The plane was also the first on this list to feature an air-to-air radar at the outset, and the AN/APQ-52 radar allowed the aircraft to detect and launch missiles at targets for the first time beyond visual range of the pilot. The F-4 was typically equipped with four AIM-9 Sidewinder short range infrared homing missiles and four AIM-7 Sparrow medium range radar-guided missiles. The F-4 was also the first Air Force fighter built standard without an internal machine gun/cannon. It could also carry up to 18,560 pounds of air-to-ground weapons on wing-mounted hardpoints, including high explosive bombs, cluster bombs, early precision-guided bombs, and even nuclear gravity bombs. The F-4 had a combat range of 422 miles, and could weigh up to 61,000 pounds fully loaded.

F-22 Raptor

By the late 1980s, the U.S. defense industry was cranking out the most advanced combat aircraft in the world to face the airplanes of the Soviet Union. The F-22 Raptor fighter was designed to maintain that lead well into the 21st century with an emphasis on three vital areas: speed, maneuverability, and a new field&mdashstealth. The F-22 was the first of the so-called fifth generation of postwar fighters, and its attributes would come to define the entire category for decades to come.

The single seat Lockheed Martin F-22 Raptor is 62 feet long&mdashjust a bit shorter than the F-4 Phantom II&mdashwith a wingspan of 44 feet. The aircraft's two Pratt & Whitney F119-PW-100 afterburning turbofan engines generate 26,000 pounds of thrust each, more than the F-4's two engines combined, and enough for the aircraft to be the first to fly so-called "supercruise". That is, it can cruise at supersonic speeds. The engines have a maximum combined afterburner thrust rate of 70,000 tons, giving it a theoretical maximum speed equal to or exceeding the F-4 Phantom. The F-22 also incorporates thrust-vectoring technology, allowing the plane to adjust the direction of its thrust and perform some truly astonishing maneuvers. Maximum ceiling altitude is 65,000 feet.

The F-22's AN/APG-77 radar can detect targets at ranges of up to 138 miles, allowing the aircraft to detect adversaries first. The F-22 can then use another aspect of its technological superiority, its stealth technology, to remain undetected while getting into an ideal firing position for its six AIM-120 AMRAAM medium range radar-guided missiles and two AIM-9X Sidewinder short range infrared guided missiles. Alternately, in place of two AMRAAM missiles it can carry two 500 or 1,000 pound bombs. The F-22 also sports a M61 20-millimeter gatling gun for air-to-air combat. The F-22 has combat radius of 529 miles and maximum takeoff weight of up to 83,500 pounds.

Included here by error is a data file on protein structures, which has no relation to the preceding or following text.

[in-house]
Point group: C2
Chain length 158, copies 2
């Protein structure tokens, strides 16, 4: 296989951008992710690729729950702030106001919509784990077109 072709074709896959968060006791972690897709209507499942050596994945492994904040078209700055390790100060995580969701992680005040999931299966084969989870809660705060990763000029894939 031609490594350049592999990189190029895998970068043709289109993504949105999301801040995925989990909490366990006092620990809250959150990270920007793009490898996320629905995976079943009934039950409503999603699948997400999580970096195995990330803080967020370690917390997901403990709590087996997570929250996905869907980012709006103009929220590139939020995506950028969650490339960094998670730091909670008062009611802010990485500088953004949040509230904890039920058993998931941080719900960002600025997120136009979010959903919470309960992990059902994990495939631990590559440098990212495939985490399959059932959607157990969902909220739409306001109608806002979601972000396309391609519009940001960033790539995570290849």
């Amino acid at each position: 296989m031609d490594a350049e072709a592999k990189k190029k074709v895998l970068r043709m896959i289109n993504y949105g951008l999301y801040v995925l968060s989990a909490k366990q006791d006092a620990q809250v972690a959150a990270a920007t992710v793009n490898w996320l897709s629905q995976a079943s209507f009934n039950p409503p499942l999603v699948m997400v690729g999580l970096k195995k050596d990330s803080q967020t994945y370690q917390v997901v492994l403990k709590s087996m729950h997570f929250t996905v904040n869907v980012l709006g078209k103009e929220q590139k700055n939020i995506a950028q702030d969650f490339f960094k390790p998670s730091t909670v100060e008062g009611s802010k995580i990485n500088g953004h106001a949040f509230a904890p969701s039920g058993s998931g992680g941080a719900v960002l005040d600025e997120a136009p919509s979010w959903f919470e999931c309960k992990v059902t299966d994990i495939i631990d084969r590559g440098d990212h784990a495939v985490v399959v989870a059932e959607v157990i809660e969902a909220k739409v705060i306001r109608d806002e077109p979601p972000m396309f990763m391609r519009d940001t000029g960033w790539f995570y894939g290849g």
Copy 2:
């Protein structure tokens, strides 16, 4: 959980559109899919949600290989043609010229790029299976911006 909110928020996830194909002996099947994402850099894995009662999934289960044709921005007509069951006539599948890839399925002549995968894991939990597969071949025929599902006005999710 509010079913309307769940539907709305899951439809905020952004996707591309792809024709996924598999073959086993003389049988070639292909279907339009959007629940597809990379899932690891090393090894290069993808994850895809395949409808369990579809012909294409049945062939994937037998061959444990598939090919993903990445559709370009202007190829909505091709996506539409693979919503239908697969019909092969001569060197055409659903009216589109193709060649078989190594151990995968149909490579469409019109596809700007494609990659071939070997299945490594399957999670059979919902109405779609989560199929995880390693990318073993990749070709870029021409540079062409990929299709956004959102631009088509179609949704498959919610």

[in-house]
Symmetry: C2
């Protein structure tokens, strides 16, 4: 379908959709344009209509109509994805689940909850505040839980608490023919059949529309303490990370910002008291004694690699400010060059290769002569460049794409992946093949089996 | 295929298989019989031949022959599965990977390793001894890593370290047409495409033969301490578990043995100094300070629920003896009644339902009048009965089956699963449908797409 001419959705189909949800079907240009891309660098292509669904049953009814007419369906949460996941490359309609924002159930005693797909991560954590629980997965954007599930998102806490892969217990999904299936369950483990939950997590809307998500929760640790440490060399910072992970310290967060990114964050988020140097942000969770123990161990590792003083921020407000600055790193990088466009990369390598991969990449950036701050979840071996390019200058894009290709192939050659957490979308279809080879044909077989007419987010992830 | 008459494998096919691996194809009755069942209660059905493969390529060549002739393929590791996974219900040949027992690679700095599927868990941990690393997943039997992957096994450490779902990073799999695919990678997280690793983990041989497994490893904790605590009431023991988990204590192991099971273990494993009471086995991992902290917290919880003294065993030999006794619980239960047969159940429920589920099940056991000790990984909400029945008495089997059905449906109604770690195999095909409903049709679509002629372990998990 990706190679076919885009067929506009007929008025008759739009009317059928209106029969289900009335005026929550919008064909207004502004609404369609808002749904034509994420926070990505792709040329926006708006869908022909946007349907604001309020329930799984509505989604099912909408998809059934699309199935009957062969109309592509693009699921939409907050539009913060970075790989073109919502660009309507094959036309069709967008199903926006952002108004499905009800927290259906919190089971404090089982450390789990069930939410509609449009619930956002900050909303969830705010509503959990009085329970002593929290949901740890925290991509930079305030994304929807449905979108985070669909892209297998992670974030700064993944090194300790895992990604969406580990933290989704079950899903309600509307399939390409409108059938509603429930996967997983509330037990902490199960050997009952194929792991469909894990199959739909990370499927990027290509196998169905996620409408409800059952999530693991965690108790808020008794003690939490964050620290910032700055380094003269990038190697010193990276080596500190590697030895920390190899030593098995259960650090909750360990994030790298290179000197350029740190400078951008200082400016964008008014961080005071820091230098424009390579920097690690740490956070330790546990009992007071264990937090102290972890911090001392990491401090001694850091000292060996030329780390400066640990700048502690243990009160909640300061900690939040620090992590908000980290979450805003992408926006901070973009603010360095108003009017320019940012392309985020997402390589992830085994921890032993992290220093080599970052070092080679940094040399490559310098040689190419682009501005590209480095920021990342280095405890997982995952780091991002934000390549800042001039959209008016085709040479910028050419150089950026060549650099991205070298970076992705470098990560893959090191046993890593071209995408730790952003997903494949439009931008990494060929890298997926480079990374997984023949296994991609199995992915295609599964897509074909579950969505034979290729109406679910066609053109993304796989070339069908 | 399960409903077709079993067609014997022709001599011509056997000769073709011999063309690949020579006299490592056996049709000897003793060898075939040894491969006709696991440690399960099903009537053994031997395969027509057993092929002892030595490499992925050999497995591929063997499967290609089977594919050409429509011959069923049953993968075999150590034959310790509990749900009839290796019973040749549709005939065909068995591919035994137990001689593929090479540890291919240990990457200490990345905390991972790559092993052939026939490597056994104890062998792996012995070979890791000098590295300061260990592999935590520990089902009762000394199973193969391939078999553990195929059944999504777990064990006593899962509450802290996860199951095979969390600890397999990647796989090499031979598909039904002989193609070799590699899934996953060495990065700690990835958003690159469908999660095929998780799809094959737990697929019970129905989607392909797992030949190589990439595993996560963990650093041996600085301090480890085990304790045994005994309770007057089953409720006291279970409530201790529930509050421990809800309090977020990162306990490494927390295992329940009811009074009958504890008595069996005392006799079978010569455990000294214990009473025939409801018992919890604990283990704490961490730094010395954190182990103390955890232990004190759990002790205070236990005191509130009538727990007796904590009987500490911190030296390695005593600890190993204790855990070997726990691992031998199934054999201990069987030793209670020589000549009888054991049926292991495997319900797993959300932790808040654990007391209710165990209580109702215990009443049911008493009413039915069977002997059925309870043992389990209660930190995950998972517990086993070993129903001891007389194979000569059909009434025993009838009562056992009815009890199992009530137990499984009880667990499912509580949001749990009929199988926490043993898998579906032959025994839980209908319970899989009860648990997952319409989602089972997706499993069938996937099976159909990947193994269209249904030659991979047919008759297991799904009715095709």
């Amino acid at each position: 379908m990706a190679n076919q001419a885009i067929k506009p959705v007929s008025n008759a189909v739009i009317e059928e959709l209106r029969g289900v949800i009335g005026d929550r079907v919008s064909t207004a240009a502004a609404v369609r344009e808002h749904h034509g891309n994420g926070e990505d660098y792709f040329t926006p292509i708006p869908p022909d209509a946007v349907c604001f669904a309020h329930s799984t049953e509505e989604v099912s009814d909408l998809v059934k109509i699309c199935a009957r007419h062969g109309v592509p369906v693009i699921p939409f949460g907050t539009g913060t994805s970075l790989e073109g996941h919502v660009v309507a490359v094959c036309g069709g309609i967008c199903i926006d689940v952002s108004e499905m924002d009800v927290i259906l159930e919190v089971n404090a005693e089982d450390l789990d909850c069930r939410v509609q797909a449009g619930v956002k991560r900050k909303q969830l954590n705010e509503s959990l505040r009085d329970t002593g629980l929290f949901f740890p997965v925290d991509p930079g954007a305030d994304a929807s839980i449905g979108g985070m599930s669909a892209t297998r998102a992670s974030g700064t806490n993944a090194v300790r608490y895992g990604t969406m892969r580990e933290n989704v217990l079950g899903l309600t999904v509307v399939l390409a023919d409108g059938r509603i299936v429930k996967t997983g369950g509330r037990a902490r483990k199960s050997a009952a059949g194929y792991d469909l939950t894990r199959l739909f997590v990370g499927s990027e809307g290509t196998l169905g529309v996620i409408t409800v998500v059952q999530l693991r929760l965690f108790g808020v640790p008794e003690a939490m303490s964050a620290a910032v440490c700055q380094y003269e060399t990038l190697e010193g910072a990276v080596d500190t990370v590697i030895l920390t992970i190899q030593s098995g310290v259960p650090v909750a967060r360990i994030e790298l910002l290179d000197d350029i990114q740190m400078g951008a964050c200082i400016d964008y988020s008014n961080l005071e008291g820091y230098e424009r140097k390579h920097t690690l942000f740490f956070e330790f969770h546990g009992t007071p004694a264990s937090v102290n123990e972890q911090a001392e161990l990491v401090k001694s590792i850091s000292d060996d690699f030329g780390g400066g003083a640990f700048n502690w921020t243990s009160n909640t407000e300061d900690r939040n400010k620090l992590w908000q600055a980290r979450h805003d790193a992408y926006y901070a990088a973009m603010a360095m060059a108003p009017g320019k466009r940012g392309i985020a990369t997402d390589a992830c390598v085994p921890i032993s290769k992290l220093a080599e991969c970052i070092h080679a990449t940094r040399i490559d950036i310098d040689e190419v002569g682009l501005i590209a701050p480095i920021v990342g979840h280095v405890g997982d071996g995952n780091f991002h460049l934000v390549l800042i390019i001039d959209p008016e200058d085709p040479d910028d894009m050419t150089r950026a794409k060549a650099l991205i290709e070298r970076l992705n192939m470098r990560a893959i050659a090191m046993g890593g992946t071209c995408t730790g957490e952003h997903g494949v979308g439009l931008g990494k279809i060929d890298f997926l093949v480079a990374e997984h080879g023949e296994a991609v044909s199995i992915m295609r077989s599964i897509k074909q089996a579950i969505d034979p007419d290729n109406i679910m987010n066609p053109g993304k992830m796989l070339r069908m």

U.S. Air Force - HISTORY

The Office of Air Force History possesses microfilm copies of archival materials in the United States Air Force Historical Research Center (Maxwell Air Force Base, Alabama 36112-6678), which number some 500,000 documents relating to the history of United States military aviation from the time of the Civil War.

A microfilm catalog provides access to the microfilm collection by subject and country. Published guides include the Air Force Historical Archives Document Classification Guide (1971) Personal Papers in the USAF Historical Research Center , compl. Richard E. Morse and Thomas C. Lobenstein (1980) U.S. Air Force Oral History Catalog (1982) and United States Air Force History: A Guide to Documentary Sources .

The collections include published and unpublished reports and oral histories on a variety of topics, including the following:

BALCHEN, COL. BERNT. Collection of correspondence, memos, and articles on polar regions.

BEST, BRIG. GEN. WILLIAM N. Air Force oral history program interview No. 717.


GERMAN METEOROLOGICAL SERVICE, WORLD WAR II. Report on its organization, duties, and responsibilities to the Luftwaffe. 1944.


AIR WEATHER SERVICE. History, 1945-46.
For meteorologists, a major consequence of World War II was the development of a world weather network utilizing new equipment and techniques.